If the idea of doubling your money in the near term excites you, I've got some good news. Wall Street analysts who get paid to watch these three biotechnology companies think they're worth more than twice their recent prices.

There are no guarantees that these stocks will reach their consensus price targets, but there are good reasons to expect a bright future for each company.

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1. Fate Therapeutics

Fate Therapeutics (NASDAQ:FATE) shares are down around 55% from an all-time high that the stock reached in January. Wall Street analysts think it can rebound and soar right past its former high point. The consensus price target among Wall Street analysts represents a 101% premium over Fate Therapeutics' recent price.

The company's stock tumbled this summer in response to clinical-trial results for two experimental cancer immunotherapies in phase 1 trials. Investors are worried they might not be competitive with treatments that are already available. 

Among the first 14 lymphoma patients treated with FT596, an off-the-shelf treatment made from natural killer (NK) cells, seven achieved complete remission. Among the first 11 lymphoma patients treated with FT516, six achieved complete remission.

Expectations for Fate Therapeutics are still extremely high, even though its stock has dropped. The company's recent market cap of around $5 billion suggests at least one of its candidates can become a new blockbuster in a few years.

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2. Adaptive Biotechnologies

Adaptive Biotechnologies (NASDAQ:ADPT) is a biotech-adjacent stock that peaked in January and then fell hard. It's down 61% from its high-water mark, but the average analyst on Wall Street thinks it still has a chance to soar. The consensus price target for Adaptive Biotechnologies stock is 113% above its recent price.

This company isn't developing new drugs. Instead, it's drawing a map of the human immune system that's extremely useful for drug developers. This map also allows the company to develop diagnostics to monitor cancer patients in remission for signs of recurrence.

Adaptive Biotechnologies reported revenue in the third quarter that soared 50% year over year. At just $39.5 million, though, revenue wasn't sufficient to cover operating expenses that rose 51% year over year. As a result, the company posted a net loss that grew 53% year over year to $56 million.

Adaptive Biotechnologies recently earned a local coverage determination from one of the largest Medicare billing services in the southeast U.S. This will make it easier for healthcare providers in this region to receive reimbursement after ordering one of Adaptive Biotechnologies' tests.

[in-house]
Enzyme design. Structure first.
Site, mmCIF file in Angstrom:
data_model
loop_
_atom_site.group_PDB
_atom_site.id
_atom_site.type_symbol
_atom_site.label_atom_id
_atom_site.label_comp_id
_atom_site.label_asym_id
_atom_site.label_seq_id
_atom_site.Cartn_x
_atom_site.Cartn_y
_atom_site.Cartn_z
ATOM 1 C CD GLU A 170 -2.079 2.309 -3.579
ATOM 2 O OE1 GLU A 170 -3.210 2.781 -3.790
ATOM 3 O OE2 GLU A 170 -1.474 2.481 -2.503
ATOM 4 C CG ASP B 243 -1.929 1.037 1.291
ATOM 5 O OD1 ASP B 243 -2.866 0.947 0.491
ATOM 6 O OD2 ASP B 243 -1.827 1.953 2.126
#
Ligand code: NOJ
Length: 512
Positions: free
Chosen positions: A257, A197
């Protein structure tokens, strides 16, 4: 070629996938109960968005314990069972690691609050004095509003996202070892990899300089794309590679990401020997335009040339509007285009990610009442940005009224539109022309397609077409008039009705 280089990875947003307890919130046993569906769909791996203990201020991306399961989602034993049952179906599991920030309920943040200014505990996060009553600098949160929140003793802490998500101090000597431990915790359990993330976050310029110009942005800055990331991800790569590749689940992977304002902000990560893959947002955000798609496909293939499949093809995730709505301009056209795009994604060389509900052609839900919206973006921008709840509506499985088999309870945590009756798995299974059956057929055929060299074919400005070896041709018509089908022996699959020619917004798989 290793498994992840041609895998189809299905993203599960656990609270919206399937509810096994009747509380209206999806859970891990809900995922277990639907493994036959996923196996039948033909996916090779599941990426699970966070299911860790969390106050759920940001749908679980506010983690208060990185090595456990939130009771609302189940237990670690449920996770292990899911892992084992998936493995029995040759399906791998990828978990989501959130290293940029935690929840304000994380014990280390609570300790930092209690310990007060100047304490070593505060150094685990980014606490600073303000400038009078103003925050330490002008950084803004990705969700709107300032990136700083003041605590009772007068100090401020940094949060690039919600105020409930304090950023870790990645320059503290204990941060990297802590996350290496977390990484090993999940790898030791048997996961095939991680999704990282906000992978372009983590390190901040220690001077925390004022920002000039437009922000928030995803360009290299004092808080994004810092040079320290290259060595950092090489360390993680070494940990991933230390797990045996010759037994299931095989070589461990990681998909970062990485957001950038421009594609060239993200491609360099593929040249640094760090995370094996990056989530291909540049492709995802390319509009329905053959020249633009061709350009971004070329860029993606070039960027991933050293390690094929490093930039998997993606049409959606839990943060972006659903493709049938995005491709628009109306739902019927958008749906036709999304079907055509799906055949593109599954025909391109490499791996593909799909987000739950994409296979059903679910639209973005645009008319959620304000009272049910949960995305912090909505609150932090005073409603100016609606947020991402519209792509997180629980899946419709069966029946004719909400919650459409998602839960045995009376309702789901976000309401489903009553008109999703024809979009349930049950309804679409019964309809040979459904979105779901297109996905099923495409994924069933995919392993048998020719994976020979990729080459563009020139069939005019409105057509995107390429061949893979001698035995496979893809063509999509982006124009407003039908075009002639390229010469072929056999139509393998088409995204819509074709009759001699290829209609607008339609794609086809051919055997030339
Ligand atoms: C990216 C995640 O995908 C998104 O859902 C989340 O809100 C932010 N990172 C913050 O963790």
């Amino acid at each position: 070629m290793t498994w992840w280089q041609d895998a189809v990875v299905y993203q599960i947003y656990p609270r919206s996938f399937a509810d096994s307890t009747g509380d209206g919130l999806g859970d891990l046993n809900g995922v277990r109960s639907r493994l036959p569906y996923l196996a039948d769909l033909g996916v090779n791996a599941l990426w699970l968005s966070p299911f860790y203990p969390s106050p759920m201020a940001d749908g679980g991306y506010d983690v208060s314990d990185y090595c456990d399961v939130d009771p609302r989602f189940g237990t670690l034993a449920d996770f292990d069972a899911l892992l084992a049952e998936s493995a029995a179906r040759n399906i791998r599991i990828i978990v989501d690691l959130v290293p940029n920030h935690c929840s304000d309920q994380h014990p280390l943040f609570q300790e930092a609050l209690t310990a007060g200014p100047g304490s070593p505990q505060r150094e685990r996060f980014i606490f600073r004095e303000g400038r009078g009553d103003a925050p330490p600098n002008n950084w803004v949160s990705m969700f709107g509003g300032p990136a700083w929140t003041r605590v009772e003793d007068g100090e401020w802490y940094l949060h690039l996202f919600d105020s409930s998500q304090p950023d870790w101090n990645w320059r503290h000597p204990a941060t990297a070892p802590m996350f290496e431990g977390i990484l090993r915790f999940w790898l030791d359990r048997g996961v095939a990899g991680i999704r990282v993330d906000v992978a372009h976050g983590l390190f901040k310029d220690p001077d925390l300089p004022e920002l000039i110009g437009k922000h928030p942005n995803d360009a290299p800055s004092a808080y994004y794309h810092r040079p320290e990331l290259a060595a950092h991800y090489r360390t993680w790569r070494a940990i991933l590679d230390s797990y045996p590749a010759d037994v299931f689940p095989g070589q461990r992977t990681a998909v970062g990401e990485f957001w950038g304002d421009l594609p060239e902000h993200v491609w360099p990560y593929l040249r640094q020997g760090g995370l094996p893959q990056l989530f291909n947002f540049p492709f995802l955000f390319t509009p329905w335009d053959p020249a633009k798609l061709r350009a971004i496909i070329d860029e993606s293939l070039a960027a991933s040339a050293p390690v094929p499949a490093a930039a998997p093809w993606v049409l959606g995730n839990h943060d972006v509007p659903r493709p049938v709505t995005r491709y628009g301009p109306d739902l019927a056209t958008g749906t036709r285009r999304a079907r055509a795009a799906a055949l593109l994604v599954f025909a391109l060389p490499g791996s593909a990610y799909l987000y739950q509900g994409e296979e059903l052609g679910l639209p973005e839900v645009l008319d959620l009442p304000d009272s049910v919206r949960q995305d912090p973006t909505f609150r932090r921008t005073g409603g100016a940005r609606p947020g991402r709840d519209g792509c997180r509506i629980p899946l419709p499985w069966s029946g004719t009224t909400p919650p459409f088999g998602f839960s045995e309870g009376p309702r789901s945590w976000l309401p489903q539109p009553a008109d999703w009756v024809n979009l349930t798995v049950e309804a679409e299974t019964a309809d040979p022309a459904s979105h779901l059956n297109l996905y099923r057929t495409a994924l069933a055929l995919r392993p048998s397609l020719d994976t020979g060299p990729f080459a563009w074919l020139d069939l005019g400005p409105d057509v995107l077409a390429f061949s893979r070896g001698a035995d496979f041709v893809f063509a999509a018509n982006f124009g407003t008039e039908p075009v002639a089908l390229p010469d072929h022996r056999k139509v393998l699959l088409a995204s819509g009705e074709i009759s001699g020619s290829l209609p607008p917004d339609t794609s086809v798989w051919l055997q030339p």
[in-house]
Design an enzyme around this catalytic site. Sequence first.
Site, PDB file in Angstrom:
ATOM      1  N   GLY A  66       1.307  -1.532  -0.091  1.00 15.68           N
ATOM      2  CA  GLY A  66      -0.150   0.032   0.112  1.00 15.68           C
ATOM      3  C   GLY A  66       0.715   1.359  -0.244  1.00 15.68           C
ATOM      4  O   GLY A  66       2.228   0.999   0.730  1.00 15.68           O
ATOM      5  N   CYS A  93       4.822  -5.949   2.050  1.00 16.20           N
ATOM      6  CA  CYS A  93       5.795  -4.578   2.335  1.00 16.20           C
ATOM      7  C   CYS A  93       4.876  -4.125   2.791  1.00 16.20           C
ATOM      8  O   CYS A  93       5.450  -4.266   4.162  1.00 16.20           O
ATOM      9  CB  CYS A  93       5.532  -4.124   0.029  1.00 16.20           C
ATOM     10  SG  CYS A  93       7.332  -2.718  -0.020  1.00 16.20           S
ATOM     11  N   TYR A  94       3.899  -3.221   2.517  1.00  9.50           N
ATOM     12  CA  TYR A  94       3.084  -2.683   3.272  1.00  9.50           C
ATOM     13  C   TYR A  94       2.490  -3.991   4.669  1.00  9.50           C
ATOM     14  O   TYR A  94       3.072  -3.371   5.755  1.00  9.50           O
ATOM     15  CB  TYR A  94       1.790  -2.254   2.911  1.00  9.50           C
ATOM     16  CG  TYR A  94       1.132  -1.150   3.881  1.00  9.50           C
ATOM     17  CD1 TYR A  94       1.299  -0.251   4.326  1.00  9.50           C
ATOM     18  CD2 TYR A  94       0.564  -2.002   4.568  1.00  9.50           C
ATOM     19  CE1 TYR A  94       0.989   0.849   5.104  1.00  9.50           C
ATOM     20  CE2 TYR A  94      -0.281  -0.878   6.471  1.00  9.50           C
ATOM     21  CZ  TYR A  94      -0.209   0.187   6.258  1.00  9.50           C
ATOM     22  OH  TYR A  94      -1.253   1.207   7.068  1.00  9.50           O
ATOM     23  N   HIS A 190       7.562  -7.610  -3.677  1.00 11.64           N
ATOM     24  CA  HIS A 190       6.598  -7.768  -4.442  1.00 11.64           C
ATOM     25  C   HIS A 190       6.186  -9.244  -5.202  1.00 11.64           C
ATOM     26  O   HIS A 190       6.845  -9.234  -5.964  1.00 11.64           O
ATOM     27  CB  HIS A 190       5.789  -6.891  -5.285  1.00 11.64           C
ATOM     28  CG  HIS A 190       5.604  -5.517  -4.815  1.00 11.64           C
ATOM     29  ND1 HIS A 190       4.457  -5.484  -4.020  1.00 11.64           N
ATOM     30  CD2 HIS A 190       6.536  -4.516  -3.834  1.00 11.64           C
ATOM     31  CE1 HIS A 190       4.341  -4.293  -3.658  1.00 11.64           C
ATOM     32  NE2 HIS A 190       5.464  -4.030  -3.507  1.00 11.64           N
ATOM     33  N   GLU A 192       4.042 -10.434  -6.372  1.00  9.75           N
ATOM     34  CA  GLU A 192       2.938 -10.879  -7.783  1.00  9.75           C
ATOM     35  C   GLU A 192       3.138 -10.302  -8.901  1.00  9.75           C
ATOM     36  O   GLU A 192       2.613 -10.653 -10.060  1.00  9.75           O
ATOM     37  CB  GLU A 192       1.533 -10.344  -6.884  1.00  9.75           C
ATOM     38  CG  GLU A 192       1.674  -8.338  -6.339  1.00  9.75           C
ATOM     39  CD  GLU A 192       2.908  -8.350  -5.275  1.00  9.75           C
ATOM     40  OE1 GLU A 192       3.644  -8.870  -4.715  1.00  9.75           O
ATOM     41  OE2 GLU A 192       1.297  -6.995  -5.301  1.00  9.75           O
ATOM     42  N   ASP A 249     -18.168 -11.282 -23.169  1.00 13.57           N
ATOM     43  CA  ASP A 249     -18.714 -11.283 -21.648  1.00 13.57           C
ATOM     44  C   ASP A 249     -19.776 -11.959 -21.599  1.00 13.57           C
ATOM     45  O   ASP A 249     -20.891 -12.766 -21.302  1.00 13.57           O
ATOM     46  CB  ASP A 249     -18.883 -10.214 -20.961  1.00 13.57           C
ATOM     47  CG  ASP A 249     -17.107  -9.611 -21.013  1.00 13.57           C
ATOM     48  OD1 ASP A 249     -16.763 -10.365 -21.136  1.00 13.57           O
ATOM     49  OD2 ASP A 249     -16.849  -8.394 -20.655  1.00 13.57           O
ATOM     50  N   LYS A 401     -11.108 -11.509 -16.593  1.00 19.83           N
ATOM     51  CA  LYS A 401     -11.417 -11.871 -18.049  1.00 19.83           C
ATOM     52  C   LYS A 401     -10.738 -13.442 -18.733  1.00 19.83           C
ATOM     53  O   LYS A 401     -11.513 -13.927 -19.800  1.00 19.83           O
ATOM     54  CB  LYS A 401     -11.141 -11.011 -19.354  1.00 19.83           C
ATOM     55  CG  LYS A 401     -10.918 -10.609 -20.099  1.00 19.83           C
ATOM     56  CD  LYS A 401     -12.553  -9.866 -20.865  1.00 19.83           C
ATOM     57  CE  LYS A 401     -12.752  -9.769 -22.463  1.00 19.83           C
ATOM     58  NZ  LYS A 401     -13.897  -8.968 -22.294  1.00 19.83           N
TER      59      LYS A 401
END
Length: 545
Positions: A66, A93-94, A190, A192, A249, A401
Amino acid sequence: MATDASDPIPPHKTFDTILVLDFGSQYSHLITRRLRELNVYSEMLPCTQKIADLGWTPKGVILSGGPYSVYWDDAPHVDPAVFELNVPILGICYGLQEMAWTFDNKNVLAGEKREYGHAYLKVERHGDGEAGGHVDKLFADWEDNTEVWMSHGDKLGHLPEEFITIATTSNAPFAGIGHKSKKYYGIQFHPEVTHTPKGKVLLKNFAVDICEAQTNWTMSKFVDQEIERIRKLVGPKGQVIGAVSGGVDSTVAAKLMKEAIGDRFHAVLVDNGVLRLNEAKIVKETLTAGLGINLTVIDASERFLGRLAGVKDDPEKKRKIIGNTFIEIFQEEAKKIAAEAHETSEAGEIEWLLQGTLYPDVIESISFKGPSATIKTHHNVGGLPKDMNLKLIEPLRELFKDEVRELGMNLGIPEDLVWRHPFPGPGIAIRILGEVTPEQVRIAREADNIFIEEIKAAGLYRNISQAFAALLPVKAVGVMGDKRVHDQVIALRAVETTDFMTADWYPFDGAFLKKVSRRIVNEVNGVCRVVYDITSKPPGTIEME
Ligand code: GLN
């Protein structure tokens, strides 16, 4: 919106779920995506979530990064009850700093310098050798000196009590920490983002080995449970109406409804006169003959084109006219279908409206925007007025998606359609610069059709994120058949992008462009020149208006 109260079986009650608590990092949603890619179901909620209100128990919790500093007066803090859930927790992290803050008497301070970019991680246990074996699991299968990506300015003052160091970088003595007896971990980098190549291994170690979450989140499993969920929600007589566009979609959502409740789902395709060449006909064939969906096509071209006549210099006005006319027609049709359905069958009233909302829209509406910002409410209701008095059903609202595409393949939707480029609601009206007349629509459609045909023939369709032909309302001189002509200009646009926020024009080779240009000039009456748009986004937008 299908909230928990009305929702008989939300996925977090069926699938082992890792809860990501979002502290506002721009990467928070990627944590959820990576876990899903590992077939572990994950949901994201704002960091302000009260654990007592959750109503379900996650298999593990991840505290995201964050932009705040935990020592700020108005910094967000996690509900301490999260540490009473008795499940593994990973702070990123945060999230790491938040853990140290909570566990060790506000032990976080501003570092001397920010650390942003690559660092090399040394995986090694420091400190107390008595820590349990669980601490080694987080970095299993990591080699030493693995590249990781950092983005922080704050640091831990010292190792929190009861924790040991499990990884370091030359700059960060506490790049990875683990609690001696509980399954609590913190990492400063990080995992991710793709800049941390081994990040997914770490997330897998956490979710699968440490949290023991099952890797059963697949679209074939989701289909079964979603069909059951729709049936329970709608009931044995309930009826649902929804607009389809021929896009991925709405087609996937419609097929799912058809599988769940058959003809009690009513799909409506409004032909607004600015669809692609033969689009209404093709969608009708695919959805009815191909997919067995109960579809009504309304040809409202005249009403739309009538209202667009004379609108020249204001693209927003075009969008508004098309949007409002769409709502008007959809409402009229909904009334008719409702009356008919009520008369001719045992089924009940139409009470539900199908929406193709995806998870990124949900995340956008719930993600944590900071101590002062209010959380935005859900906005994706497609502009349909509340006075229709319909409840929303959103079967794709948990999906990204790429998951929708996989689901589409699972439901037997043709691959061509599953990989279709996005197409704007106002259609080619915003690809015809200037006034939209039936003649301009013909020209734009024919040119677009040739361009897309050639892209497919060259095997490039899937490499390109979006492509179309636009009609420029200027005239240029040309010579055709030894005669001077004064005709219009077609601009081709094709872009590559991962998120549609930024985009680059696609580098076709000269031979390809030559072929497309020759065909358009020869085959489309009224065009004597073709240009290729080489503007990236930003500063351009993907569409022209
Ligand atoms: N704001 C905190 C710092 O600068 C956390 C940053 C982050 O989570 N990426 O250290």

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3. Axsome Therapeutics

Axsome Therapeutics (NASDAQ:AXSM) stock collapsed this summer and is still around 57% below the high-water mark set near the end of 2020. Optimistic investment-bank analysts who follow the stock think it could soar 134% above its recent price.

This was one of the best-performing stocks of 2019, but a regulatory snafu brought it crashing down this August. Investors were expecting the Food and Drug Administration (FDA) to approve an application under review for Axsome Therapeutics' lead candidate AXS-05 for the treatment of major depressive disorder. Instead, the company told investors the FDA wouldn't be approving its first drug on the expected action date, due to inefficiencies. 

During its third-quarter earnings call, the company told us there were two deficiencies in the section of the application that deals with manufacturing AXS-05, not the drug itself. Manufacturing issues are generally fixable, but we don't have any timeline yet.

The indefinite delay of AXS-05 as a treatment for depression is disappointing, but it wasn't as awful as the stock performance suggests. In addition to AXS-05 for depression, the FDA is reviewing an application that could make AXS-07 a new treatment for migraine headaches. The company also has a narcolepsy drug in phase 3 testing.

Even if we assume AXS-05 for depression has no future, the rest of this company's assets are most likely worth more than the company's measly $1.4 billion market cap right now.

This article represents the opinion of the writer, who may disagree with the “official” recommendation position of a Motley Fool premium advisory service. We’re motley! Questioning an investing thesis -- even one of our own -- helps us all think critically about investing and make decisions that help us become smarter, happier, and richer.